The Manhattan Project, the atomic bomb and the lingering threat of nuclear holocaust offered a wellspring of inspiration for some of rock's biggest names.

In turn, one of these topical songs — Sting's "Russians" — planted a seed in director Christopher Nolan's mind that would eventually germinate into his new biographical epic, Oppenheimer.

"I first heard about [J. Robert Oppenheimer, the American theoretical physicist often called "the father of the atomic bomb"] when I was a kid," Nolan said in a recent Entertainment Weekly "Around the Table" discussion. "That Sting song 'Russians' refers to 'Oppenheimer's deadly toys.'"

Nolan had deadly toys on his mind a lot as a child. "I was growing up in the U.K. at a time when people were very concerned about nuclear armaments," he explained. "When I was 12 or 13, my friends and I were absolutely convinced that we were going to experience a nuclear war at some point in our lives.

"And then over time that fear recedes, and Oppenheimer stuck with me as a figure, and I learned more about him over the years — including learning this information that he, along with the key scientists at the Manhattan Project, they couldn't completely eliminate the possibility of starting a chain reaction that would destroy the world. And for me, that was the hook."

Sting was similarly fascinated by Oppenheimer's role in the Manhattan Project and escalating Cold War tensions in the '80s. The former Police frontman explained in 2010 that the inspiration for "Russians," which appeared on his 1985 solo debut The Dream of the Blue Turtles, came from watching Soviet TV via illegal satellite signal.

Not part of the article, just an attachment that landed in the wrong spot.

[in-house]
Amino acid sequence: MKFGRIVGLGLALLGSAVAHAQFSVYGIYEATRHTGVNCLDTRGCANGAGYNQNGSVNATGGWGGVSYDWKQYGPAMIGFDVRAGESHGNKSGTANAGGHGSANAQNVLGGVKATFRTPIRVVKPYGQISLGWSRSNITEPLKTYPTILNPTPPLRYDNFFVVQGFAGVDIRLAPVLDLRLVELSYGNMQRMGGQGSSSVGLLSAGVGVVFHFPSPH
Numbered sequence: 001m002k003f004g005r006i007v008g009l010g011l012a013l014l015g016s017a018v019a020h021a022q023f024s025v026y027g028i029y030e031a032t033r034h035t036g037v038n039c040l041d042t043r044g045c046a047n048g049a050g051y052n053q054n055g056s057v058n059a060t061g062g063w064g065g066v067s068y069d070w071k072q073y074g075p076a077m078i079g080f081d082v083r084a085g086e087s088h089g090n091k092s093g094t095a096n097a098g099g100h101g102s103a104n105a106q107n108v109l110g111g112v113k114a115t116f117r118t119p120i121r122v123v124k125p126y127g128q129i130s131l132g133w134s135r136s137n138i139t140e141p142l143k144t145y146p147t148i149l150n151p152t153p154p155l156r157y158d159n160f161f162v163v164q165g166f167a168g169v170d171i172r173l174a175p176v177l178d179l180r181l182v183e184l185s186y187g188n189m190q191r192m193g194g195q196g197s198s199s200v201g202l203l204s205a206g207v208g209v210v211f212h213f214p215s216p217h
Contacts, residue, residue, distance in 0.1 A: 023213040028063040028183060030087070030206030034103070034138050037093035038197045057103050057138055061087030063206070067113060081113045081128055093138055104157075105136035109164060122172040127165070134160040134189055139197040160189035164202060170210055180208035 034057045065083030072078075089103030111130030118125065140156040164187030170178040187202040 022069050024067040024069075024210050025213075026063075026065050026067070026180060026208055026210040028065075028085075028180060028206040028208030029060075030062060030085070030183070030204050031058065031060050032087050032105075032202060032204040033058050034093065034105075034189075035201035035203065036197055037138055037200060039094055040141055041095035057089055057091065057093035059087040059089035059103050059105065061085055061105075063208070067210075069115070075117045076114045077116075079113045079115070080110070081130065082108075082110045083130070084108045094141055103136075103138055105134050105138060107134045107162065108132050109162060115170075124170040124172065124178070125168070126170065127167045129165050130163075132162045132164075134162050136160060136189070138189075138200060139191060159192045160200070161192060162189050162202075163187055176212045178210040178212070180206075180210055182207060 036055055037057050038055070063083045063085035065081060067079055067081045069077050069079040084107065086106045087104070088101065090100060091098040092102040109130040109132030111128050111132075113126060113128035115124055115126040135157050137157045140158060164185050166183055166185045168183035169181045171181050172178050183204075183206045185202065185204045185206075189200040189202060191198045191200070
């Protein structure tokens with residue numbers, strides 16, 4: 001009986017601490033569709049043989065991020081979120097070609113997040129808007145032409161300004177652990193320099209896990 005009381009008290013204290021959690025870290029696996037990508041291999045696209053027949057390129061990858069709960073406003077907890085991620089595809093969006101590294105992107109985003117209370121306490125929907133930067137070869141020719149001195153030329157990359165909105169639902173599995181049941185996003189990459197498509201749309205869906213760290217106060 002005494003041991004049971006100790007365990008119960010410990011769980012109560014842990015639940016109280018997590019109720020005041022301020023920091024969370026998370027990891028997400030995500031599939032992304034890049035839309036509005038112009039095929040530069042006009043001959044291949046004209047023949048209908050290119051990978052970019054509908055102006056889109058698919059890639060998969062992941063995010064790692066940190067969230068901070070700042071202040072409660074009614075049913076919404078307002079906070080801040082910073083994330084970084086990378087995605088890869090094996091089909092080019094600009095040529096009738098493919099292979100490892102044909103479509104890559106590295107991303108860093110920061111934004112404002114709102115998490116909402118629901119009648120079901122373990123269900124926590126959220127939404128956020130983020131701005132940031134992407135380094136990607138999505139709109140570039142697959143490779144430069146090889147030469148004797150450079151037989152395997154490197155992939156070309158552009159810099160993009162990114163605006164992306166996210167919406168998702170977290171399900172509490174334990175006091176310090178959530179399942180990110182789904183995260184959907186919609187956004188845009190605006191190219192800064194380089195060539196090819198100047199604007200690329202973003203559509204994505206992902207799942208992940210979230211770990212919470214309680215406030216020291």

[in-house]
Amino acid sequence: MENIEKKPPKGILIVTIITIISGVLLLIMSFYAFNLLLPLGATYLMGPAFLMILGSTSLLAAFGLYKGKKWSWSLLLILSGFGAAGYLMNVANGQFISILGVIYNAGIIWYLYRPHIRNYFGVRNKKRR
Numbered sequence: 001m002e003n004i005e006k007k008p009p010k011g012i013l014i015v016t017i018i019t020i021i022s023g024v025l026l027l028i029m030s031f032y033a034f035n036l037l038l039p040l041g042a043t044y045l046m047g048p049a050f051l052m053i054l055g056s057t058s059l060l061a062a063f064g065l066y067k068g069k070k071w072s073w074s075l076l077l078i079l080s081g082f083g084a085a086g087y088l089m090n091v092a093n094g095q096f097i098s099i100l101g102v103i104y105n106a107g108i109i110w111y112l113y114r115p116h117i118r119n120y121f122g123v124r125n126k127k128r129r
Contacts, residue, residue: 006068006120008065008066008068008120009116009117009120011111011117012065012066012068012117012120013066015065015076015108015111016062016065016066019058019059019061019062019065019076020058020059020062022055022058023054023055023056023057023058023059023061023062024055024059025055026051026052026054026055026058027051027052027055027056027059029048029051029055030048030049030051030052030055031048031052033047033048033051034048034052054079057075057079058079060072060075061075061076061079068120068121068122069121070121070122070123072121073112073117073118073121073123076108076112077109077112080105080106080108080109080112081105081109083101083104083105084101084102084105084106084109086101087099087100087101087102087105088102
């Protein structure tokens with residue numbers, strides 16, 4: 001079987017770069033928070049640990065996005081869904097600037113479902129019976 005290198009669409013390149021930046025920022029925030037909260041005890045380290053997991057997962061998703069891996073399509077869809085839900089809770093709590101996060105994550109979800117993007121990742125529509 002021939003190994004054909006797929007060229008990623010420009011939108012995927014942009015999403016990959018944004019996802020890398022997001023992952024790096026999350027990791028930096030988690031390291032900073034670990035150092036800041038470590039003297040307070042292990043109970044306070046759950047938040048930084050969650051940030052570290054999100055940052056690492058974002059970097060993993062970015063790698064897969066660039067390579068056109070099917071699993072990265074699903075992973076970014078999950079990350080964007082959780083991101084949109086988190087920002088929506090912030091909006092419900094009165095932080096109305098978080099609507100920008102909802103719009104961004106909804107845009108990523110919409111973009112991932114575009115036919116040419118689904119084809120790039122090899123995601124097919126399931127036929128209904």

Watch Sting's 'Russians' Video

"We'd have a few beers and climb this tiny staircase to watch Russian television," he said. "At that time of night, we'd only get children's Russian television, like their Sesame Street. I was impressed with the care and attention they gave to their children's programs. I regret our current enemies haven't got the same ethics."

The resulting song took an empathetic view of both Americans and Russians, with Sting musing in the chorus: "We share the same biology / Regardless of ideology / Believe me when I say to you / I hope the Russians love their children, too."

Nolan's preoccupation was slightly more harrowing. "I'm very interested in taking the audience into that room and being there and living in that moment," he said. "What would that have been like, to push that button knowing there was any possibility?"

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